I didn't know what to make of this when I saw it. I live in Manhattan, in a city where people bike, take buses, subways, trains, live and work in towers where they share elevators, share water, share electricity. I thought my town is setting the example for energy-efficient, communal living. And then, the guy who runs the place, Mayor Michael Bloomberg, releases a study — including (see below) a shocking video — that says, you think New York is great on energy? You think that? Well, check this out...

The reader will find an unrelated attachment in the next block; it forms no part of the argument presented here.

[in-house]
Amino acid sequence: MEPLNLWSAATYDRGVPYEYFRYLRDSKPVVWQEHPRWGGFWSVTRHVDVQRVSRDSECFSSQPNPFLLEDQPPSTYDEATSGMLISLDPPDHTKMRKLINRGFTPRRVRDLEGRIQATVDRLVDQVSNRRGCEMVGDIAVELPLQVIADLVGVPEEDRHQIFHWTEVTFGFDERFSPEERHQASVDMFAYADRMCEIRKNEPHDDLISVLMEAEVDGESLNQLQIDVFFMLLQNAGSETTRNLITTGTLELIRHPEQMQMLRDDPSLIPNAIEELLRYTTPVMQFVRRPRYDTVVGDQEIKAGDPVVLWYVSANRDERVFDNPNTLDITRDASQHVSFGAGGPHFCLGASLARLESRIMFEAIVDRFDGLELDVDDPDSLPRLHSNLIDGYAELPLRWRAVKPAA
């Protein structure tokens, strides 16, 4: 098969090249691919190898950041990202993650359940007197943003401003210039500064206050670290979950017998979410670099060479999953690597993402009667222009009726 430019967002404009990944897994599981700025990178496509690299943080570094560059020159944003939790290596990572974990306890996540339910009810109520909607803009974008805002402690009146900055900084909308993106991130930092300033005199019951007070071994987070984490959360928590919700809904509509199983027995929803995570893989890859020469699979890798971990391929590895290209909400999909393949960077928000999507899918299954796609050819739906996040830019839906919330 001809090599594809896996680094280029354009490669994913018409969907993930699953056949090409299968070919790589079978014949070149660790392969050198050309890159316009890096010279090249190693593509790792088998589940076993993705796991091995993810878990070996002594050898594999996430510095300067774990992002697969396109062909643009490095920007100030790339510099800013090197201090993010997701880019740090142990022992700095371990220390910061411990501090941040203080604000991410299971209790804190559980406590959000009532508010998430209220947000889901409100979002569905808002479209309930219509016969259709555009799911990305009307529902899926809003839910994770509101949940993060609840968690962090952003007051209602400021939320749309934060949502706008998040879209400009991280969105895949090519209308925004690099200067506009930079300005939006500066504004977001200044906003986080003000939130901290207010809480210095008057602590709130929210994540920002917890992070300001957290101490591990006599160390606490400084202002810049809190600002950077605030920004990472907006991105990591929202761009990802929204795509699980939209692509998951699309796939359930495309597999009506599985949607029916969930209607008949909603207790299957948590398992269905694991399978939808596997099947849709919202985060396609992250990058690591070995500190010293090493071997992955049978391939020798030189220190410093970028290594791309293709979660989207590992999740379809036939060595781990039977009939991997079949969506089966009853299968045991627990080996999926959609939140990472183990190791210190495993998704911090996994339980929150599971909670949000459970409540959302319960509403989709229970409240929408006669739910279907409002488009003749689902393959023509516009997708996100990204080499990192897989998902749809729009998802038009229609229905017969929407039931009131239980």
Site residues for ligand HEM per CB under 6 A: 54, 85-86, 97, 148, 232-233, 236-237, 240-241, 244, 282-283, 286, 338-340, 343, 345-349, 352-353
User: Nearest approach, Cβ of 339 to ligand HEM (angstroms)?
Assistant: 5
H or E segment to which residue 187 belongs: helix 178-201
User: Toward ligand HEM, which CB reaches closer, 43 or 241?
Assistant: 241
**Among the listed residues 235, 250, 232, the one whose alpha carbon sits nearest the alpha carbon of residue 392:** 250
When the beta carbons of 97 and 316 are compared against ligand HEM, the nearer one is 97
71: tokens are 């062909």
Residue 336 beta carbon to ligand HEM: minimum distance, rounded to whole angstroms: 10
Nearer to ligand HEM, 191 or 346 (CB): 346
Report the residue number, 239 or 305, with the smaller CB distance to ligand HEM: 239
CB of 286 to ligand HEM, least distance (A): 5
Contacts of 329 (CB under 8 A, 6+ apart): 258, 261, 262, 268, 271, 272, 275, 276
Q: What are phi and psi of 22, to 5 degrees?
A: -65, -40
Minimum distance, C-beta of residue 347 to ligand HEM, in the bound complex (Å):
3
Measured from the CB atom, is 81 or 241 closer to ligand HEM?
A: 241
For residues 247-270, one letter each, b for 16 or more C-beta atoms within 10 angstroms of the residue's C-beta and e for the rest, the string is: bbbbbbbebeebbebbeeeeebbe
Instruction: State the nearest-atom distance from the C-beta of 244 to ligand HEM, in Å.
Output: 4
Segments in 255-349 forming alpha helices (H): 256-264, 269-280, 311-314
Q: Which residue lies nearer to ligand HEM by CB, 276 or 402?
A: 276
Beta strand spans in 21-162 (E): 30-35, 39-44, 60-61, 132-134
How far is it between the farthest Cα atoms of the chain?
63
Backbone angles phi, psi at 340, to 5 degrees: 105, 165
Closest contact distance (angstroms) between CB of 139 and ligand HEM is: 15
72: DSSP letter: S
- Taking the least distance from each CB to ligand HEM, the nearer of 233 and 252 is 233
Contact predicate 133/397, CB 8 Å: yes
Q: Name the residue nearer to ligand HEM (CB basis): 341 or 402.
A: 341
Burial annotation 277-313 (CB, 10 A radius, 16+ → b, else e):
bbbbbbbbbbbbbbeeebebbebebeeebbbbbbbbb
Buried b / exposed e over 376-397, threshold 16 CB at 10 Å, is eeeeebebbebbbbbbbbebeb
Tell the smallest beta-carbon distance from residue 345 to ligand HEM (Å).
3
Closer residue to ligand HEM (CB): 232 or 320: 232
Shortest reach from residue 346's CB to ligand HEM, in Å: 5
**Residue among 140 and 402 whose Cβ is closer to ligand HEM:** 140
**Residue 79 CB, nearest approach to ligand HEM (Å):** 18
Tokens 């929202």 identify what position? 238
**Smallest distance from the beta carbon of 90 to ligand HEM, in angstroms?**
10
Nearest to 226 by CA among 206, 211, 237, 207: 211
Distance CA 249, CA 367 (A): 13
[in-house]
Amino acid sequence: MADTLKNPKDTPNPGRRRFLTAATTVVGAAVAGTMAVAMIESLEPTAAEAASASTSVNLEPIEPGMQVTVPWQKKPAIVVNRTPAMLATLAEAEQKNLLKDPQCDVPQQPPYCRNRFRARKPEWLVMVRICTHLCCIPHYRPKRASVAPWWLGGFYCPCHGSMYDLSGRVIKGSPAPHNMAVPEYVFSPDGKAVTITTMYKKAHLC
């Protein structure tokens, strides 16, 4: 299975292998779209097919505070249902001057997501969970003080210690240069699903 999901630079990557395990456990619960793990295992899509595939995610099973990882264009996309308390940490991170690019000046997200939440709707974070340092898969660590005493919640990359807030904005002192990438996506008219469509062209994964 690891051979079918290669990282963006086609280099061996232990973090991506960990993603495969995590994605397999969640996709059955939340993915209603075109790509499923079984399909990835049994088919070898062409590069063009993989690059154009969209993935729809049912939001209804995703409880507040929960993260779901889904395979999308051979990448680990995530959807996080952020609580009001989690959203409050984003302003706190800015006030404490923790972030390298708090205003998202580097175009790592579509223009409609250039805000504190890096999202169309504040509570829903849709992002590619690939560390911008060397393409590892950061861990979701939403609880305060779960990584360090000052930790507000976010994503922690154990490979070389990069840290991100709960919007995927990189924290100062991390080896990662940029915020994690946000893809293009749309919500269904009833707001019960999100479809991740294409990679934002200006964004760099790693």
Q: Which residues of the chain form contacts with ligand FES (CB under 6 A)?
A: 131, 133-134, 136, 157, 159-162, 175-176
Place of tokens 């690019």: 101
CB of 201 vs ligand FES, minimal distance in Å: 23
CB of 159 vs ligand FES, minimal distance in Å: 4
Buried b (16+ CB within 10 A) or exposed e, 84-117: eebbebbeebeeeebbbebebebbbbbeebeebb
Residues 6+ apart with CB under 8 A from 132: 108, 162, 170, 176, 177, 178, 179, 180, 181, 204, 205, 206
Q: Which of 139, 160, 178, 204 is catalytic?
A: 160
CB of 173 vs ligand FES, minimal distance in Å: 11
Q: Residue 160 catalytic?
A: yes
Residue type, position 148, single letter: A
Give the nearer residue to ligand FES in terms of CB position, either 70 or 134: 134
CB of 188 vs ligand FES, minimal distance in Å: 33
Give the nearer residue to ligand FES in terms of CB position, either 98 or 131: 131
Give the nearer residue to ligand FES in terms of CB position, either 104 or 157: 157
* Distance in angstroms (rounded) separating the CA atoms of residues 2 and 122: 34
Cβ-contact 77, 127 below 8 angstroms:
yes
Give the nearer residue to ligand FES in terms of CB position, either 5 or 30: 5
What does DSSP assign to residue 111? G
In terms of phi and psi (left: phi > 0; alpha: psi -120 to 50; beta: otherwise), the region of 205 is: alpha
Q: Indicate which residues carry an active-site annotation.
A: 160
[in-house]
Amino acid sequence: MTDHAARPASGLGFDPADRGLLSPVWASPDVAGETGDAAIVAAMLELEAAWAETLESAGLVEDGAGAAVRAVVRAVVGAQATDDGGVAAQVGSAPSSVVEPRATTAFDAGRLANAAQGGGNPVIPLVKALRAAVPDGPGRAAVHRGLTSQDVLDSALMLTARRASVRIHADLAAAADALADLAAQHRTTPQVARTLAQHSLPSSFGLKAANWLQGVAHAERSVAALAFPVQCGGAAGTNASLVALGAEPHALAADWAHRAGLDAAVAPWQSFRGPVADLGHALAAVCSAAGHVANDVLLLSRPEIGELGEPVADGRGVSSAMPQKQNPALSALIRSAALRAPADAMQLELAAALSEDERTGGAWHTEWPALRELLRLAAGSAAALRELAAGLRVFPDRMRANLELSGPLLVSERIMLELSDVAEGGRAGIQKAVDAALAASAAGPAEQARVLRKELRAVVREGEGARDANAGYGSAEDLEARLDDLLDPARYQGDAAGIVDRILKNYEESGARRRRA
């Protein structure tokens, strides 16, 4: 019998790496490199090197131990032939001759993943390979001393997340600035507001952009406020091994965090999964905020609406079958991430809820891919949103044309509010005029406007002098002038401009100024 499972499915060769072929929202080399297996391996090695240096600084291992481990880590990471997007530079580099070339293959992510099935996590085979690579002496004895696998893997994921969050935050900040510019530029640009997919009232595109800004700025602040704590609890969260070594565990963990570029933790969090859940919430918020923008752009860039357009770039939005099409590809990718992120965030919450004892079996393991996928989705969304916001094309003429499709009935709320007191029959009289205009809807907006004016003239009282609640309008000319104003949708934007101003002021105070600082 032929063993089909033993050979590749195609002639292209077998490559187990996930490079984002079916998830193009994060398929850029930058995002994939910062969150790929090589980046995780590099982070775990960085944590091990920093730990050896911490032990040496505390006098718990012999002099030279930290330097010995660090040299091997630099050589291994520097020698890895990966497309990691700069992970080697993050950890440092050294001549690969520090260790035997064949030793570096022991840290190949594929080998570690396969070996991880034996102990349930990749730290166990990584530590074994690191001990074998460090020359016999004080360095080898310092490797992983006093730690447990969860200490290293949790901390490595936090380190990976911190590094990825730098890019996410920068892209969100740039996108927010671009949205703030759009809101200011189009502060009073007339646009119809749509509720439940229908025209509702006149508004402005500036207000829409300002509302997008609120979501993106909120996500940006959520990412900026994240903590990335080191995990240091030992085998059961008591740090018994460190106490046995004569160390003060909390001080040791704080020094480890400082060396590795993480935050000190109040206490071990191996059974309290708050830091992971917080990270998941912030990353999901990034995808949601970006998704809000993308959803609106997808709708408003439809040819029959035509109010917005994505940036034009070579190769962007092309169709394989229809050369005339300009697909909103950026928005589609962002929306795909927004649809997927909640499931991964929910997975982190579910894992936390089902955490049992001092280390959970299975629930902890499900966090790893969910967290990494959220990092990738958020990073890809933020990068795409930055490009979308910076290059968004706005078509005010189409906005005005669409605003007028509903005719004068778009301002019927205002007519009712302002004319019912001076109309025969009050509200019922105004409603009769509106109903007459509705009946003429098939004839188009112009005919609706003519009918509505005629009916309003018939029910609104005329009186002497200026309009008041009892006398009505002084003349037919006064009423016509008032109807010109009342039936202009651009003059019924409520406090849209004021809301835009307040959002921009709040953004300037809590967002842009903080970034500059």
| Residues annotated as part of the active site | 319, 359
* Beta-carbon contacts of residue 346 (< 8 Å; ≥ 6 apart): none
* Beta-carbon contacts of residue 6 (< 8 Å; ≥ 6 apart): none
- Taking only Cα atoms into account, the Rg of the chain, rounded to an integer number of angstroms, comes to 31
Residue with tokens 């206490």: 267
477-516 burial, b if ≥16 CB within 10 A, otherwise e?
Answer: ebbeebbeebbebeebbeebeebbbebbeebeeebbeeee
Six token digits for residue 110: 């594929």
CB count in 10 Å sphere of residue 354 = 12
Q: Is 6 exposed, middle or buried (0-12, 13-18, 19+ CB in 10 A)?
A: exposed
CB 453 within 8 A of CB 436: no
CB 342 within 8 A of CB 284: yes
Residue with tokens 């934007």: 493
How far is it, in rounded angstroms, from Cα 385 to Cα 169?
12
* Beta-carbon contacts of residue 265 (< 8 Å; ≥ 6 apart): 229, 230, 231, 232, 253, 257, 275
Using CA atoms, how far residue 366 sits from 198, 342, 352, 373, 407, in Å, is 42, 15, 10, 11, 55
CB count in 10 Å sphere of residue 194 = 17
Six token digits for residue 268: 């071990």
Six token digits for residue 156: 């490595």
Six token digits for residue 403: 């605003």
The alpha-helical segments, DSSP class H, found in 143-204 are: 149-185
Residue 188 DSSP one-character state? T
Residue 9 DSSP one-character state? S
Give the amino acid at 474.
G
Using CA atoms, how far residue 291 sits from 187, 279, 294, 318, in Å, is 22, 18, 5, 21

The mayor has an Office of Long Term Planning and Sustainability (that includes Jonathan Dickinson and Andrea Tenorio and staff) and they decided to measure how much carbon dioxide escapes into the New York air. To make the data more visual, they assumed every day in New York is a nice day, where the temperature is 59 degrees Fahrenheit, and where, under standard pressure, a ton of CO2 gas would fill a lovely blue bubble 33 feet across like the ones you see down there, rising from the traffic.
Then they asked, "if we took all the CO2 coming from vehicles, buildings, power plants across the city and gathered them in a clump, at one spot right next the Empire State Building, how much CO2 is emitted in a single hour? This is what they found.
Click headline to read more and view pix--
Via Chuck Sherwood, Senior Associate, TeleDimensions, Inc